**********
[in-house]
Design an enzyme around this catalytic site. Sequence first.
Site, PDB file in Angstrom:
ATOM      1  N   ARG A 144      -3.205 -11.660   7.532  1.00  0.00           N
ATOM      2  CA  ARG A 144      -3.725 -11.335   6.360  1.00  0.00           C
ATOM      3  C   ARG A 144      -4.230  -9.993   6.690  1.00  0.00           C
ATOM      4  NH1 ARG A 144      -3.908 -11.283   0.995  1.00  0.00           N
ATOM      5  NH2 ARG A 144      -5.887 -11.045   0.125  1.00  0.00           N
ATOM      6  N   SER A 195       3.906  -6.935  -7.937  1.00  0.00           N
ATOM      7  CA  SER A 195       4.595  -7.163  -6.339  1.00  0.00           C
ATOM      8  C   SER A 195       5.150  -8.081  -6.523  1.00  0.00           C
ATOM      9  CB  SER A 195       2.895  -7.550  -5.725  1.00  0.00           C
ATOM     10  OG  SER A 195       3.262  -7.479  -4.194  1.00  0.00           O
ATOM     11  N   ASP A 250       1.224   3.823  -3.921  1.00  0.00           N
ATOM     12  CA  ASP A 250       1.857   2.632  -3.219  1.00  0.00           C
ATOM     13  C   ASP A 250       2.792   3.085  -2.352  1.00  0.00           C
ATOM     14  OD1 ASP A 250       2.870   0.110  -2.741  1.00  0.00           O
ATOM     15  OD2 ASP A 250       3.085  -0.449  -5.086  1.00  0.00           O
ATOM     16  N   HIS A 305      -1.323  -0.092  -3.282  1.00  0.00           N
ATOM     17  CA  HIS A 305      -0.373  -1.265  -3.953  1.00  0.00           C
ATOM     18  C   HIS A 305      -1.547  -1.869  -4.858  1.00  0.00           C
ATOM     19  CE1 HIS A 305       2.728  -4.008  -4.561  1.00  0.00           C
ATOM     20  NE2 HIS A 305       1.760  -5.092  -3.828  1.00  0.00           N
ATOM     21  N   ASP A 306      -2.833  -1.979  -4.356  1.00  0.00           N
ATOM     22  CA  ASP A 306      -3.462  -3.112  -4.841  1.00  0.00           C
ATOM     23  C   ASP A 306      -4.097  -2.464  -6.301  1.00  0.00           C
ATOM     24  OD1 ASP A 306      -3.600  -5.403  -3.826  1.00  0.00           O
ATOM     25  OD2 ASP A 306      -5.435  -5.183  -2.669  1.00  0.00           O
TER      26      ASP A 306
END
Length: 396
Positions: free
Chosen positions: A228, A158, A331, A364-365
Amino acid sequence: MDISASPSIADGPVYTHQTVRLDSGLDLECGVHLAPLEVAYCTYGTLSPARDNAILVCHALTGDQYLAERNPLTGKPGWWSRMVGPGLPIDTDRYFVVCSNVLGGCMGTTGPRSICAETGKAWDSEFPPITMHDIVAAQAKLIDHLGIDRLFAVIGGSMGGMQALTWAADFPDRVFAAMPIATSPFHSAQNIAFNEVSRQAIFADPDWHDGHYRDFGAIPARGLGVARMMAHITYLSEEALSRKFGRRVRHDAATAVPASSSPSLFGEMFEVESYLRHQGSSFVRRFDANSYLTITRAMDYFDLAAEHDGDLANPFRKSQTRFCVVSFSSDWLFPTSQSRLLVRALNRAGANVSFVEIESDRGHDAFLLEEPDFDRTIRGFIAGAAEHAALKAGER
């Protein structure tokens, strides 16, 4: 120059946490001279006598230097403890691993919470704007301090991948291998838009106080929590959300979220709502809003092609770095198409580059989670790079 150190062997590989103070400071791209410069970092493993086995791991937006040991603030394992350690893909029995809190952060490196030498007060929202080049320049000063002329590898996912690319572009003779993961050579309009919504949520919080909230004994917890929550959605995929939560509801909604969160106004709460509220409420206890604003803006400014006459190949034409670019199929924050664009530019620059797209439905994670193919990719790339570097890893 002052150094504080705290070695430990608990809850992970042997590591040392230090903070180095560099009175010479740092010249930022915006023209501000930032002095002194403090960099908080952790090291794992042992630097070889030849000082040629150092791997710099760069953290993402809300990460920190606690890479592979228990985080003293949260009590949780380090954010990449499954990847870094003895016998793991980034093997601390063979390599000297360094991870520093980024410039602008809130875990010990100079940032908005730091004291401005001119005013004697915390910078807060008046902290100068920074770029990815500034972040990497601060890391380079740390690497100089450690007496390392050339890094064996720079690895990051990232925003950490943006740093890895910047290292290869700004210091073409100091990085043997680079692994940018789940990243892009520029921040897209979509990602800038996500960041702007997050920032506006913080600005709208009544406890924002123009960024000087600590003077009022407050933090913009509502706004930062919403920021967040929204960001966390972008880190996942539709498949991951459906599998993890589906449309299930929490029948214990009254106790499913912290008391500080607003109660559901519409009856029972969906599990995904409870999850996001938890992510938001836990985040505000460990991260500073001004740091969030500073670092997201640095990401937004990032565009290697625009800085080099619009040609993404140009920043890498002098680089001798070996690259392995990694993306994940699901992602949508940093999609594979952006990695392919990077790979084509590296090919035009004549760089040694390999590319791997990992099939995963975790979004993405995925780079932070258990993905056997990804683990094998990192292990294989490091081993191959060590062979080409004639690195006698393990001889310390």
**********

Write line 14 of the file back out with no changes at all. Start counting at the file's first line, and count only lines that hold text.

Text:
ATOM     11  N   ASP A 250       1.224   3.823  -3.921  1.00  0.00           N